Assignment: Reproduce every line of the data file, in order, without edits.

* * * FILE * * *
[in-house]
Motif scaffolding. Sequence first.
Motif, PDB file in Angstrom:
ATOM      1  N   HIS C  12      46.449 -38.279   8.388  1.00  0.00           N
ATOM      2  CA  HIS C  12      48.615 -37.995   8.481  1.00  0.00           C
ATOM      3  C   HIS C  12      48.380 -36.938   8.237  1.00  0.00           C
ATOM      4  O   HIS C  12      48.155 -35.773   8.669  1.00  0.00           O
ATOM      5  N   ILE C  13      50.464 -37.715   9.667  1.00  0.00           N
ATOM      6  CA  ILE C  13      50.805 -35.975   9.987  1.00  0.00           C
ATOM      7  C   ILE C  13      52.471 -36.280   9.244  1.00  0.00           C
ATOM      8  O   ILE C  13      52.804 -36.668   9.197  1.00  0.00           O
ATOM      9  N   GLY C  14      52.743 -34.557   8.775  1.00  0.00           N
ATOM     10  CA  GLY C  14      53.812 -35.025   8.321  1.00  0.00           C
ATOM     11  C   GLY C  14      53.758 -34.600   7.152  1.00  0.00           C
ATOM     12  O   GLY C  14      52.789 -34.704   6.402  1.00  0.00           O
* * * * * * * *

[in-house]
Motif scaffolding. Sequence first.
Motif, PDB file in Angstrom:
ATOM      1  N   HIS C  12      46.449 -38.279   8.388  1.00  0.00           N
ATOM      2  CA  HIS C  12      48.615 -37.995   8.481  1.00  0.00           C
ATOM      3  C   HIS C  12      48.380 -36.938   8.237  1.00  0.00           C
ATOM      4  O   HIS C  12      48.155 -35.773   8.669  1.00  0.00           O
ATOM      5  N   ILE C  13      50.464 -37.715   9.667  1.00  0.00           N
ATOM      6  CA  ILE C  13      50.805 -35.975   9.987  1.00  0.00           C
ATOM      7  C   ILE C  13      52.471 -36.280   9.244  1.00  0.00           C
ATOM      8  O   ILE C  13      52.804 -36.668   9.197  1.00  0.00           O
ATOM      9  N   GLY C  14      52.743 -34.557   8.775  1.00  0.00           N
ATOM     10  CA  GLY C  14      53.812 -35.025   8.321  1.00  0.00           C
ATOM     11  C   GLY C  14      53.758 -34.600   7.152  1.00  0.00           C
ATOM     12  O   GLY C  14      52.789 -34.704   6.402  1.00  0.00           O